REVIEW — V: The Ultimate Variety Show (Las Vegas)
With a roster comprised of seven acts and 11 talented entertainers, V — The Ultimate Variety Show’s assemblage of performers makes for a diverse and wildly entertaining show.
The varied acts range from comedy to thrills to magic, essentially making for a “greatest hits” compilation of Las Vegas hits. The seven distinctive acts move in rotation, trading off the stage over the course of the 75 minute show. Host Wally Eastwood, possessing the “fastest hands,” appears intermittently, stepping forth to regale the crowd with his inhuman juggling abilities and a sharp — and self deprecating — sense of humor.
Born into circus life, Eastwood is an astonishing talent: his routines include an alternating hat trick, mimicking a seal to catch rings tossed by audience participants, launching ping pong balls into the air — using only his mouth — and, most impressively, performing “Für Elise” (as well as touches of the Jaws and Halloween themes) by playing an electric keyboard with an arsenal of rubber balls.
Eastwood’s introduction gives way to a pair of Hungarian and Cuban acrobats, Iouri and Gabor. Iouri, a former traveling performer with the Ringling Bro’s circus, and Gabor, a former Hungarian International Circus performer, impress with a hand balancing act rivaling that of Cirque du Soleil’s Mystère. An exhibition of stamina and strength, the dynamic duo’s circus act is the least engaging of the bunch, but nonetheless remarkable.
The Quiddlers, or the “International Ambassadors of Physical Comedy,” delight with a whimsical and unique “little man” act set to the tune of the Village People’s iconic “Y.M.C.A.” and “Macho Man.” Bringing a bit of old school vaudevillian entertainment to Vegas, the bit is as campy and absurd as it is hilarious.
Jason Byrne, the magician of the production, seemed to be the most revered of the production with his seemingly supernatural ability to produce live birds out of thin air. A little old fashioned in nature and presentation, to be sure, but Jason’s sleight of hand is the most extraordinary excitement V has to offer — even if the “birds and magicians” shtick has well beyond dipped into cliché before 2017.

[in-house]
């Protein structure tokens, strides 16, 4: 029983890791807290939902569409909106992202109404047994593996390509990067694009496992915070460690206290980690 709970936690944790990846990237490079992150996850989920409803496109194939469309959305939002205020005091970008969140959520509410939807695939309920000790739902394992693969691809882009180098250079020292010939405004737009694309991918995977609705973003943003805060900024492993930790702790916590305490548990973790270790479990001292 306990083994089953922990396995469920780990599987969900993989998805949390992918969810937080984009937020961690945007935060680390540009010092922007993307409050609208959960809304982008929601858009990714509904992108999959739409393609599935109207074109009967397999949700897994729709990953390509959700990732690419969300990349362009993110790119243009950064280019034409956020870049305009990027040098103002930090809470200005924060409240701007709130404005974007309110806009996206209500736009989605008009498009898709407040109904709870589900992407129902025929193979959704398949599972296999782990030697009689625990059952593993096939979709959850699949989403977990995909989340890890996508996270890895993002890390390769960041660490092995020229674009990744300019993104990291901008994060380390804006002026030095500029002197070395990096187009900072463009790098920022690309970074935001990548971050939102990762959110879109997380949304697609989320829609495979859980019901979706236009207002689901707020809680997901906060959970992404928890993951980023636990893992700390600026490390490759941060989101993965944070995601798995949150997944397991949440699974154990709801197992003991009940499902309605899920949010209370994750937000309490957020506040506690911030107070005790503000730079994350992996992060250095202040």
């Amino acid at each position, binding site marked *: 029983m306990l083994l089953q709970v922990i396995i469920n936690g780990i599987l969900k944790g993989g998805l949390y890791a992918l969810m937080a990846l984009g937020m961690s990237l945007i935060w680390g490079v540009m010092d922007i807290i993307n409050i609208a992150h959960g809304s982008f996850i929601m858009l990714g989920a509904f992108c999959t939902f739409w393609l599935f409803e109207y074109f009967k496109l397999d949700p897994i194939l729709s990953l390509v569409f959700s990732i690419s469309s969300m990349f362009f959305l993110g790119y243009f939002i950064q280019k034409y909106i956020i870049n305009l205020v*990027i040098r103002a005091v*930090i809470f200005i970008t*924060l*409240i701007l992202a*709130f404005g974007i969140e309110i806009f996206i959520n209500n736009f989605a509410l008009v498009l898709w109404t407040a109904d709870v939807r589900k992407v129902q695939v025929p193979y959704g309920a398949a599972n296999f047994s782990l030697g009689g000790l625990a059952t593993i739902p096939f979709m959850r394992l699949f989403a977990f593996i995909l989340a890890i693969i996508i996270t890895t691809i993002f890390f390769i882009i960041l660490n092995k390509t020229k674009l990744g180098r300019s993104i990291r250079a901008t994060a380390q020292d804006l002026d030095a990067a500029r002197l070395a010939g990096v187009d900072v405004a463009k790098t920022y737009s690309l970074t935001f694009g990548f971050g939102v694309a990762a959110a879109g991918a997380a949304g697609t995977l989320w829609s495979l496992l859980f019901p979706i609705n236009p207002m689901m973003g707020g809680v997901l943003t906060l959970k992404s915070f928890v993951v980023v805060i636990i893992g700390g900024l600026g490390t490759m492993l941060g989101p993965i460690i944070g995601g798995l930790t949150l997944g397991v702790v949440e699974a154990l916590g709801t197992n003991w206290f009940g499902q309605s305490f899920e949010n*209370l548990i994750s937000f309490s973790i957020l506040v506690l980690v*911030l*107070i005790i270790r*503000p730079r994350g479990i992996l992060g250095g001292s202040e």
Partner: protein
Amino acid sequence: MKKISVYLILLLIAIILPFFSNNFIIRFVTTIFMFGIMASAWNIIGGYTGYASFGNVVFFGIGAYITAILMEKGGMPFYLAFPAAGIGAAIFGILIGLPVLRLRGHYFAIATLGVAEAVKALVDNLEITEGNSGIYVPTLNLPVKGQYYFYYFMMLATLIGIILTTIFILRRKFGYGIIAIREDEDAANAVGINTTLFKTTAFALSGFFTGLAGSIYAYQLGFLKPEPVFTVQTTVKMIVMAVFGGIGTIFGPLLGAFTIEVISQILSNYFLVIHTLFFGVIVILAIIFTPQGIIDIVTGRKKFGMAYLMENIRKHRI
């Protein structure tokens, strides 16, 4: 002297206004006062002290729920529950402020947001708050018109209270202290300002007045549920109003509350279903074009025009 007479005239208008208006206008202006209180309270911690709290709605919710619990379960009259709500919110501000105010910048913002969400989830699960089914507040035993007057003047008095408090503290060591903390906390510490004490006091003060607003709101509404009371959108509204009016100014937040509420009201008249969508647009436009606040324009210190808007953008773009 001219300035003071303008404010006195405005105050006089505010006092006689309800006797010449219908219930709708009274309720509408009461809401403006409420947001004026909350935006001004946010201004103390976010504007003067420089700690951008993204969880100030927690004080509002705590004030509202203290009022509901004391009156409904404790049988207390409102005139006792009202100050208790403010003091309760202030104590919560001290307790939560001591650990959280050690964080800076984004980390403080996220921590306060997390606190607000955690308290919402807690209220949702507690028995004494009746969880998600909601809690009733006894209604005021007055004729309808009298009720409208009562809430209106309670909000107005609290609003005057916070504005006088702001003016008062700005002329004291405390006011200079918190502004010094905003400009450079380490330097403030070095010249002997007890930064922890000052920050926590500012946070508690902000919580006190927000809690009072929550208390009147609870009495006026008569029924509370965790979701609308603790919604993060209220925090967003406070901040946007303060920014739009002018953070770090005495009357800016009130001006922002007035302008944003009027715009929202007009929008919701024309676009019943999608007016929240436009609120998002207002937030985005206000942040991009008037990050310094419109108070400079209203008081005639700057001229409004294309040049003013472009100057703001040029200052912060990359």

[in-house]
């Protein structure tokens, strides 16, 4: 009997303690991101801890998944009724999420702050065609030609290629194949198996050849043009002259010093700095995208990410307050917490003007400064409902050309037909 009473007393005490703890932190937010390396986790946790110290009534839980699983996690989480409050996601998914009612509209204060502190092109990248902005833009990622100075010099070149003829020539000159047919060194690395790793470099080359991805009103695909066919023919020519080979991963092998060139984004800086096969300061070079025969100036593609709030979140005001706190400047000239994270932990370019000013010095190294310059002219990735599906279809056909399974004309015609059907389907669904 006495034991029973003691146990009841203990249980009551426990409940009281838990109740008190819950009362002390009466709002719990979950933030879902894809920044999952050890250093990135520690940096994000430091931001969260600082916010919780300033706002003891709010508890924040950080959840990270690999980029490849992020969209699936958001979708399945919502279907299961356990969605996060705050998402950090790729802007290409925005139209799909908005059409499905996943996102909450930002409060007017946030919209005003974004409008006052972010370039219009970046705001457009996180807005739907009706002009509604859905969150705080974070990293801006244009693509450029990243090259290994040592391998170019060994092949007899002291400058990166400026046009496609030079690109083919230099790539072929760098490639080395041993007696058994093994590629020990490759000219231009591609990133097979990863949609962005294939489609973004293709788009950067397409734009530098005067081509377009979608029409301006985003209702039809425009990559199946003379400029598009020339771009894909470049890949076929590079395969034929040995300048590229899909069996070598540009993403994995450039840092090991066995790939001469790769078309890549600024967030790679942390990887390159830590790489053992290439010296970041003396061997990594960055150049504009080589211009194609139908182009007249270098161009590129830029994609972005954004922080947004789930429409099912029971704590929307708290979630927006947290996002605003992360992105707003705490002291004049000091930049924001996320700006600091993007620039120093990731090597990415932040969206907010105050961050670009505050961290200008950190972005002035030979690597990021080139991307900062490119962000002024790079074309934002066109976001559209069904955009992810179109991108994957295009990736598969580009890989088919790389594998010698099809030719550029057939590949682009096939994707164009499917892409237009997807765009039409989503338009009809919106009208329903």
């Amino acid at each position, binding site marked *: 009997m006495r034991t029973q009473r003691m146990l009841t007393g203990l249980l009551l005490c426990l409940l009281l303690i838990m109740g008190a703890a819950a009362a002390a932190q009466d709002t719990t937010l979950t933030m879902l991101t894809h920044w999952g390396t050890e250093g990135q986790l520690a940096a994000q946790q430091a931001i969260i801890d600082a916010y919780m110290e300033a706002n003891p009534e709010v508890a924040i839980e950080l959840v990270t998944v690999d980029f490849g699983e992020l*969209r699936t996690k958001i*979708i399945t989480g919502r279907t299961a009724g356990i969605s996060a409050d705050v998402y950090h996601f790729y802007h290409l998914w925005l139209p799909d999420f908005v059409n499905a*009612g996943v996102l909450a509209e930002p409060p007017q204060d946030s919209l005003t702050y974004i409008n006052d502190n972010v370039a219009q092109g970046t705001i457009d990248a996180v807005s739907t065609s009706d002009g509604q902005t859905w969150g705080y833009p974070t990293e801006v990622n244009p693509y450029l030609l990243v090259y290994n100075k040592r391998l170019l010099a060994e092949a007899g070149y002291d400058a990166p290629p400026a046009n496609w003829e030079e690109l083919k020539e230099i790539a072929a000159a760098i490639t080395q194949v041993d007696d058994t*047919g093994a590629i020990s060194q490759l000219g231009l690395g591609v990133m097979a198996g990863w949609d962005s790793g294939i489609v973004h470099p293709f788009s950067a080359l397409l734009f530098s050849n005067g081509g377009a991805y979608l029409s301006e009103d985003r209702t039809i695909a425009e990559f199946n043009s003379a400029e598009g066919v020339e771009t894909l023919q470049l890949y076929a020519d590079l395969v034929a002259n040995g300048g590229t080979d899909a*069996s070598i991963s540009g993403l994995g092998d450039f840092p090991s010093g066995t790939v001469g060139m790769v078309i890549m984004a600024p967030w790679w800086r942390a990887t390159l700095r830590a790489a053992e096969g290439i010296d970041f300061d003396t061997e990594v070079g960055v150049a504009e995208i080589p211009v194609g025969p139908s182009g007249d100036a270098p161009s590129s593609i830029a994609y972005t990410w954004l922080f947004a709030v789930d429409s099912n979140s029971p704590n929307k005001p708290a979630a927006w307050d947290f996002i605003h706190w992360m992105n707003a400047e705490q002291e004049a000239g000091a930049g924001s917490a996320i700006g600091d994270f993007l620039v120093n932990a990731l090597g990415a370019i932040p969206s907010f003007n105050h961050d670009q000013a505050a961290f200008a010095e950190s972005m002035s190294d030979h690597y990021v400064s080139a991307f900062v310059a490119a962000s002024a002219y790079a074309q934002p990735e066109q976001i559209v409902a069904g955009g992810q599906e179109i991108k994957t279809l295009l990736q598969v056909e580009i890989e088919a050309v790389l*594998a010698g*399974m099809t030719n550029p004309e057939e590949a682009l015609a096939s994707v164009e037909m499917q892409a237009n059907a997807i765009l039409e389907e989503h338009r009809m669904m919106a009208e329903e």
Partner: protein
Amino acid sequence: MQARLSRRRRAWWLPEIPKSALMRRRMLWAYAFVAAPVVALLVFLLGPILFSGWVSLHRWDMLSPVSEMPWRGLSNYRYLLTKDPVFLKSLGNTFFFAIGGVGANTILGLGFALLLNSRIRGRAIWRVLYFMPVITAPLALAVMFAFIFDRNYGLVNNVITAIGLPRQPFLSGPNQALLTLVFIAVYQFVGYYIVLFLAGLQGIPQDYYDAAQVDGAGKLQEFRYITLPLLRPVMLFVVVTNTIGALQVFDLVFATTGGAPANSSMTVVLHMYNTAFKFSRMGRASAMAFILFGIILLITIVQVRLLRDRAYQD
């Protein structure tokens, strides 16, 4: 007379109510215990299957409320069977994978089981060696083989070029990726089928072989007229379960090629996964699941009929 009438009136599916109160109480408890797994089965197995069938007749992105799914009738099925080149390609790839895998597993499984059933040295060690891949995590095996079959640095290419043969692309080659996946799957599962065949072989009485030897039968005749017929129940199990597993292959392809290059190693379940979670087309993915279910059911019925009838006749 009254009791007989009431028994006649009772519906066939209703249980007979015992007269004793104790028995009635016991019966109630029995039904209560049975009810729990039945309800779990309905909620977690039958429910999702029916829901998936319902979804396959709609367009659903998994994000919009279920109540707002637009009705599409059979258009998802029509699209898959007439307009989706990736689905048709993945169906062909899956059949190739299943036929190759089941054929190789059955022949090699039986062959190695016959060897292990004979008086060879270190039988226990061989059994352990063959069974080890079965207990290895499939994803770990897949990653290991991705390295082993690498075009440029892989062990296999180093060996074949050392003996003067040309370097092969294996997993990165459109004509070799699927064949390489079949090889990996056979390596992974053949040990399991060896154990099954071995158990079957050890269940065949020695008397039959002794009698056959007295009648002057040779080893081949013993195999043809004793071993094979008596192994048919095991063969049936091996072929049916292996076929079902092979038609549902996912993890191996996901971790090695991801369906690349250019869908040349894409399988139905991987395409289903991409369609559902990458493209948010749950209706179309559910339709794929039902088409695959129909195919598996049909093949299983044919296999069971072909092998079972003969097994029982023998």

Aerial acrobat Shirley takes to the air, swinging and dangling on a rope 12 feet above the audience’s heads, showcasing her athleticism and flexibility. The routine is a familiar one to anyone who has seen even a small amount of Vegas productions — all of Cirque du Soleil’s half dozen shows, in particular, feature aerial acrobats — and as skillful as the display is, the act never quite reaches the heights of the competition.
Prop comedian Russ Merlin entertains with a cache of goofy masks, selecting four audience members — as fate would have it, I was one of them — to come on stage and serve as his live dummies. (Merlin equipped me with a mask that I can only describe as “Off-Brand Joan Rivers”.) With a designated hand signal and a tap of the shoulder, you’re helping entertain a sizable Las Vegas audience as a silent participator in Merlin’s gag — which, from what I could hear, was a priceless hit.
The finale comes as husband and wife team the Skating Aratas mount a circular rotating platform. Victor and Jenny’s act, teases Eastwood, leaves V’s nightly audiences on their feet. The pair gained speed, Victor extended Jenny into the air, their skates became blurs — and the audience members in center front row backed off as their seats would allow. With the duo twirling at high speeds, Victor hoists Jenny into the air, the two moving in sync to swing and spin and strike poses. Eastwood’s prophecy had proven correct: we were on our feet, cheering.
With a collected roster of impressive and crowd-pleasing acts, V — The Ultimate Variety Show is fun, entertaining and family-friendly. V performs nightly at the V Theater inside Planet Hollywood Resort & Casino’s Miracle Mile Shops. Performances are at 7:00 p.m. and 8:30 p.m. Tickets start at $69.99.